In this article we want to talk about Python Matplotlib Tutorial, so Python is one of the most popular programming language, and it offers a powerful library called Matplotlib that is used for data scientists and analysts for creating nice visualizations. In this tutorial we want to talk about the fundamentals of Matplotlib and also we will learn about the key features and functionalities of matplotlib.

**Why Matplotlib ?**

Matplotlib is used in Python for data visualization, because it is simple and flexible. also using Matplotlib, you can generate different types of visualizations like line plots, scatter plots, bar charts, histograms and many more. it also provides good control over every part of your visualizations, and it enables you to customize colors, labels, fonts and styles to match your specific requirements. You can use Matplotlib with different operating systems and integrates with popular libraries like NumPy and Pandas, and it is an excellent choice for data analysis.

First of all we need to install Matplotlib and we can use pip for that.

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pip install matplotlib |

**Matplotlib Line Plot**

Line plots are ideal for visualizing trends and patterns over continuous or sequential data. Let’s start by creating a simple line plot using Matplotlib:

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import matplotlib.pyplot as plt # Data x = [1, 2, 3, 4, 5] y = [2, 4, 6, 8, 10] # Plotting plt.plot(x, y) # Customize the plot plt.title("Simple Line Plot") plt.xlabel("X-axis") plt.ylabel("Y-axis") # Display the plot plt.show() |

Run the complete and this will be the result

**Matplotlib Scatter Plot**

Scatter plots are useful for visualizing the relationship between two variables. now let’s create a scatter plot to show the distribution of data points:

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import matplotlib.pyplot as plt # Data x = [1, 2, 3, 4, 5] y = [2, 4, 6, 8, 10] # Plotting plt.scatter(x, y) # Customize the plot plt.title("Scatter Plot") plt.xlabel("X-axis") plt.ylabel("Y-axis") # Display the plot plt.show() |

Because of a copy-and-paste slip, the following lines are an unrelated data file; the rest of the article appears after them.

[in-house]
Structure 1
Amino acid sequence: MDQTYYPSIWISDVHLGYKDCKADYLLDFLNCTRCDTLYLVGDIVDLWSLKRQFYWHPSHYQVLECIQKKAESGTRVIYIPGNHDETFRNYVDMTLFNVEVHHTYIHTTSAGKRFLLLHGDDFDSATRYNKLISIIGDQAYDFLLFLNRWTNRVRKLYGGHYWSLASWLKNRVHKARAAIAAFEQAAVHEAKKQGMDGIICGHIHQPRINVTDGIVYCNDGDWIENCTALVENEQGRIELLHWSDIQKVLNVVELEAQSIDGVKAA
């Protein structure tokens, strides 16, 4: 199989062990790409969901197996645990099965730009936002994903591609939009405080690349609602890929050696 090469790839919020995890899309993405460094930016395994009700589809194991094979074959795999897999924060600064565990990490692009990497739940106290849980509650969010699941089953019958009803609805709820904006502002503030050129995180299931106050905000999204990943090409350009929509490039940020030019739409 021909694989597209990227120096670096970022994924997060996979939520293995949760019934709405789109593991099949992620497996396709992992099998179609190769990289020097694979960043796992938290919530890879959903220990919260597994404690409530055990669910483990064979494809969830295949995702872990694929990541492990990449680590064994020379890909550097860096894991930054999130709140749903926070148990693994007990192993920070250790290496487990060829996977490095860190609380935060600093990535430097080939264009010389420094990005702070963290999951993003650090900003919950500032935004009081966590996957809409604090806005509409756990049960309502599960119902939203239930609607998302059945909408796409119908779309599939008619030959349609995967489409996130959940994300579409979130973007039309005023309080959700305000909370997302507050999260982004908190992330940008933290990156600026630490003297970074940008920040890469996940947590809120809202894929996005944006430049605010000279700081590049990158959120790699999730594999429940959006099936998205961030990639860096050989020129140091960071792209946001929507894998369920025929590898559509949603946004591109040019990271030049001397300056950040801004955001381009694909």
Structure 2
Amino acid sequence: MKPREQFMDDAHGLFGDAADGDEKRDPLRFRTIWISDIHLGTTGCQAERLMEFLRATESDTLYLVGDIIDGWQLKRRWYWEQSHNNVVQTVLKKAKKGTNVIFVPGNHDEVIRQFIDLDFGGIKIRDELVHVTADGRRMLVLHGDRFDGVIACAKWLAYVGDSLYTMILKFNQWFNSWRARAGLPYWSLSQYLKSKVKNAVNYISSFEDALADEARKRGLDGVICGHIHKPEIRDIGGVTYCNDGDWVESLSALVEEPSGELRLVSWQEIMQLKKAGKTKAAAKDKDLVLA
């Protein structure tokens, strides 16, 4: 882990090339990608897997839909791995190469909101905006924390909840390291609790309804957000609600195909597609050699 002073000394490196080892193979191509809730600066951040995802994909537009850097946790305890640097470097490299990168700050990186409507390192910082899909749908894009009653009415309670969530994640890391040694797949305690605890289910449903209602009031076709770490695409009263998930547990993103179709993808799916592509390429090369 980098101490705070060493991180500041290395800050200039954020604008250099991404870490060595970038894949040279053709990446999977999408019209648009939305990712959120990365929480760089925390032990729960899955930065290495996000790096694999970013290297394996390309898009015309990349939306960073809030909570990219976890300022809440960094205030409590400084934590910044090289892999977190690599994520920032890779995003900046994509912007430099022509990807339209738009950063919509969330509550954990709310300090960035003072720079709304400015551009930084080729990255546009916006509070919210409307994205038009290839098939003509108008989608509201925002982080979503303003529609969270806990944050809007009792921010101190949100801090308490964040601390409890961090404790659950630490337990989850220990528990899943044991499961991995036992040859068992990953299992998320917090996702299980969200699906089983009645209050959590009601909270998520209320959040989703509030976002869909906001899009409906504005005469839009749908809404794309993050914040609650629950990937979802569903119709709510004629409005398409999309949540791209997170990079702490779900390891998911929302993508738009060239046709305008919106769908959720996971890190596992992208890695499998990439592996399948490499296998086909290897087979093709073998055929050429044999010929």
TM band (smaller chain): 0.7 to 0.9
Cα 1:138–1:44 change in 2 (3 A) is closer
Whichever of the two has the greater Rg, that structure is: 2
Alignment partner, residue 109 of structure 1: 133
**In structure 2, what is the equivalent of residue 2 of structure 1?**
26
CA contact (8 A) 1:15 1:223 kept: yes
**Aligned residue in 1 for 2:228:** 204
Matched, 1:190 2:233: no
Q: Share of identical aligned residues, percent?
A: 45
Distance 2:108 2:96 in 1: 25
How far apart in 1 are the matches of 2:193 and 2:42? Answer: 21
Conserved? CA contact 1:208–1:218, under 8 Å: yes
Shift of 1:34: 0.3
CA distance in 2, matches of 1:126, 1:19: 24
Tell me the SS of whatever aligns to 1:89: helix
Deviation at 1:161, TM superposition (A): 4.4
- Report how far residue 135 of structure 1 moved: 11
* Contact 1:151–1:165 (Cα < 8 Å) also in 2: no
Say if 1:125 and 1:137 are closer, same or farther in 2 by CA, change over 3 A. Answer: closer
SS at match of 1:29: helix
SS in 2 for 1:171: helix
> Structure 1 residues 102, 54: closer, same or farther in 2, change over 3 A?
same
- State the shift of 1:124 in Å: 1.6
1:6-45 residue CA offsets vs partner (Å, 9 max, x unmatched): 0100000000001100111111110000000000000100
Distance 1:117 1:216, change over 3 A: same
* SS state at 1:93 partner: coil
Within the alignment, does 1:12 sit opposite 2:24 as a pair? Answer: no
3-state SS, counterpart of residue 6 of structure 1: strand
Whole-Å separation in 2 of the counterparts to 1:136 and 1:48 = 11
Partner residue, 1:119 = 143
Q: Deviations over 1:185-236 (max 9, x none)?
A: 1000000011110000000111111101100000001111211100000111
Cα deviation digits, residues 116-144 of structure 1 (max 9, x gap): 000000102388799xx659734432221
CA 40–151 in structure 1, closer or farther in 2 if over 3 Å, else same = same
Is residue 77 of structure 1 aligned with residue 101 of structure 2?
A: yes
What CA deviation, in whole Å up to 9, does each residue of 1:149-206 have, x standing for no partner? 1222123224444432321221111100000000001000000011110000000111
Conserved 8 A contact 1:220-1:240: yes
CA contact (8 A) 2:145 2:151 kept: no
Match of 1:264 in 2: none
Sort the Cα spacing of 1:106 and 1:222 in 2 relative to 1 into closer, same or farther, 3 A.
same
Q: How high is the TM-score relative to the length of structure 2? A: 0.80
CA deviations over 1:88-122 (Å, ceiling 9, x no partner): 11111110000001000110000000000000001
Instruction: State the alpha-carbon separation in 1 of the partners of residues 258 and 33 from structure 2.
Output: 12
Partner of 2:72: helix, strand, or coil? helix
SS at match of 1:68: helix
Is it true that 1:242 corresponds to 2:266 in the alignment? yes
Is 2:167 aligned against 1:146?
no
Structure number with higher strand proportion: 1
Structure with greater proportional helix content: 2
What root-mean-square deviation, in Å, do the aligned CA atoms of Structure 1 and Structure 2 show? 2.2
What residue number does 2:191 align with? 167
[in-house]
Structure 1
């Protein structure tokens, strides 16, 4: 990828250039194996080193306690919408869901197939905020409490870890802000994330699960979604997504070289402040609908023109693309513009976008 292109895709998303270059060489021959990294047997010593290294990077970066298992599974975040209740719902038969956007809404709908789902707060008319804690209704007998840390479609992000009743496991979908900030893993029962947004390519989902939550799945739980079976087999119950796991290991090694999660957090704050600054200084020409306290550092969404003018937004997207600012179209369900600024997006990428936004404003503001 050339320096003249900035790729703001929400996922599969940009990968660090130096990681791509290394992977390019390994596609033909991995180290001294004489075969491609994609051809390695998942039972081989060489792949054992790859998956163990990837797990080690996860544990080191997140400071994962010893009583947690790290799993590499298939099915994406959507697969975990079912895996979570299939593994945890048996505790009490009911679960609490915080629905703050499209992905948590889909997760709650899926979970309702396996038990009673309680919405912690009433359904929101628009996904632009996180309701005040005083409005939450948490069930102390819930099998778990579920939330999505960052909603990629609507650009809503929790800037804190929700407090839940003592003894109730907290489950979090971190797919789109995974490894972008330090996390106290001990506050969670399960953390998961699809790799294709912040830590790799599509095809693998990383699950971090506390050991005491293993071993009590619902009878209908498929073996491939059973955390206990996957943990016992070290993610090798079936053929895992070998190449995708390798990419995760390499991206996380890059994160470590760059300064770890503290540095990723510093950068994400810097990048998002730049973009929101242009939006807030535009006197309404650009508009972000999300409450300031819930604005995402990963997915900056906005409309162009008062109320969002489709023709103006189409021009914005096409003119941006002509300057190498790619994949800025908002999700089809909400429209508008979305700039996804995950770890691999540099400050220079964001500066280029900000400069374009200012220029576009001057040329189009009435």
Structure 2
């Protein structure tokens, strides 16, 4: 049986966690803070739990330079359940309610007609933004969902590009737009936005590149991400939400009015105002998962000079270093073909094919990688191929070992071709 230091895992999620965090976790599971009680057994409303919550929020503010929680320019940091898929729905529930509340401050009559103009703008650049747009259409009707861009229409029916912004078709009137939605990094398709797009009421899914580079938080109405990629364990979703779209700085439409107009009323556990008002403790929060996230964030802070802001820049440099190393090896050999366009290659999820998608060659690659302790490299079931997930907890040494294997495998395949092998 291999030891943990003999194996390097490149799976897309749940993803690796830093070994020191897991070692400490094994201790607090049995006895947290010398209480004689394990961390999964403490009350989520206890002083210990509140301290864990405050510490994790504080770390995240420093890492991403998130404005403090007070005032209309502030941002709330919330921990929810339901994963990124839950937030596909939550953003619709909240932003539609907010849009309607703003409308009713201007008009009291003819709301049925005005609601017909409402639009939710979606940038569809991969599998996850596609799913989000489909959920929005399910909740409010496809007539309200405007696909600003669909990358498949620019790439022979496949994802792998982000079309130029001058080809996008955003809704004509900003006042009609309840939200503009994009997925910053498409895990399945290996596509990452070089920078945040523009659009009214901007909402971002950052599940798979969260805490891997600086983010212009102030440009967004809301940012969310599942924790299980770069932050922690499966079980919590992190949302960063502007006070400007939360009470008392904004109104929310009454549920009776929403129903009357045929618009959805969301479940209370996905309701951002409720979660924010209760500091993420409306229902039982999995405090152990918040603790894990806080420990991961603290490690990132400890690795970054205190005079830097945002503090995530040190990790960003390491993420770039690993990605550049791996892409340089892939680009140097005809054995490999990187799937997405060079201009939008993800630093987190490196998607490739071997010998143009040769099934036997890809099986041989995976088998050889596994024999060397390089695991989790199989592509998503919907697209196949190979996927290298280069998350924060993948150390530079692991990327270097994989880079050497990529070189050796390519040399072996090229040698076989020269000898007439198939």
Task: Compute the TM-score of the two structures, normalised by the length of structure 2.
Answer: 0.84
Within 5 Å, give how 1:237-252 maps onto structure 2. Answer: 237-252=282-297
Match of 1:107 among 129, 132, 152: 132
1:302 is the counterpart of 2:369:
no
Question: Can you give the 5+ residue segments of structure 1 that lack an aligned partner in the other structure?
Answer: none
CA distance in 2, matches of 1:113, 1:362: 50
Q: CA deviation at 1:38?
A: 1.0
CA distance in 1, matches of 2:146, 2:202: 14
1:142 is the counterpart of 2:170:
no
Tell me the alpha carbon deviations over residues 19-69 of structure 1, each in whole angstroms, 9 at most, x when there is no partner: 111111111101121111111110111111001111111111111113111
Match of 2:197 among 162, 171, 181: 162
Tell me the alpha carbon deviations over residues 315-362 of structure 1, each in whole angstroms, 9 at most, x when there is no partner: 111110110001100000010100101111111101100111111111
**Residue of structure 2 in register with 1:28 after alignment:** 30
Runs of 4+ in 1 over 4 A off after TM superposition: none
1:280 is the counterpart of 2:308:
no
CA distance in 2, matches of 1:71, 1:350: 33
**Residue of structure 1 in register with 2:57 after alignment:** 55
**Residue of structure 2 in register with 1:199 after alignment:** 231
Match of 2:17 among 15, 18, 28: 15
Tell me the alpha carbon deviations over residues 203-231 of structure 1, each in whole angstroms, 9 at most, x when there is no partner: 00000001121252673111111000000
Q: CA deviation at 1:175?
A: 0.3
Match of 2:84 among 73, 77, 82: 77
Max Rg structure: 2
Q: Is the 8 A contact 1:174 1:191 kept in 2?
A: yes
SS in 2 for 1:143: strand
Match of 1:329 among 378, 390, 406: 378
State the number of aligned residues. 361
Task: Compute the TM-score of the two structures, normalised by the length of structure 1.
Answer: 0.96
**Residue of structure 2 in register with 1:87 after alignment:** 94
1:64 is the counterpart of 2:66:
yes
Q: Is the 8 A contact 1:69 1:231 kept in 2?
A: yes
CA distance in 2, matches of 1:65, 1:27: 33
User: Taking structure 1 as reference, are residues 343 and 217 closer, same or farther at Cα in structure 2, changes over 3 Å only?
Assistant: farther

Run your code and this will be the result

**Matplotlib Bar Chart**

Bar charts are effective in comparing categorical data or displaying frequency distributions. This is an example of a bar chart that shows the sales performance of different products:

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import matplotlib.pyplot as plt # Data products = ["Product A", "Product B", "Product C", "Product D"] sales = [400, 600, 800, 350] # Plotting plt.bar(products, sales) # Customize the plot plt.title("Sales Performance") plt.xlabel("Products") plt.ylabel("Sales") # Display the plot plt.show() |

Run this code and this will be the output

**Matplotlib Histogram**

Histograms are useful for visualizing the distribution of a dataset. This is an example of creating a histogram to display the frequency of data points:

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import matplotlib.pyplot as plt import numpy as np # Generate random data data = np.random.randn(1000) # Plotting plt.hist(data, bins=30) # Customize the plot plt.title("Histogram") plt.xlabel("Values") plt.ylabel("Frequency") # Display the plot plt.show() |

This will be the result

**Matplotlib Pie Chart**

Pie charts are an excellent way for illustrating proportions or percentages. Let’s create a pie chart to represent the market share of different smartphone brands:

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import matplotlib.pyplot as plt # Data brands = ['Apple', 'Samsung', 'Huawei', 'Xiaomi', 'Others'] market_share = [40, 25, 15, 10, 10] # Plotting plt.pie(market_share, labels=brands, autopct='%1.1f%%') # Customize the plot plt.title("Smartphone Market Share") # Display the plot plt.show() |

This will be the output

**Matplotlib Box Plots**

Box plots provides a visual summary of a dataset distribution, including median, quartiles, and outliers. This is an example of creating a box plot to compare the salaries of employees in different departments:

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import matplotlib.pyplot as plt import numpy as np # Generate random data np.random.seed(1) salaries = np.random.normal(50000, 15000, 200) departments = ['HR', 'Finance', 'Marketing', 'IT'] # Plotting plt.boxplot([salaries, salaries*1.5, salaries*0.5, salaries*0.8], labels=departments) # Customize the plot plt.title("Employee Salaries by Department") plt.xlabel("Departments") plt.ylabel("Salary") # Display the plot plt.show() |

This will be the output

**Learn More on Python Matplotlib**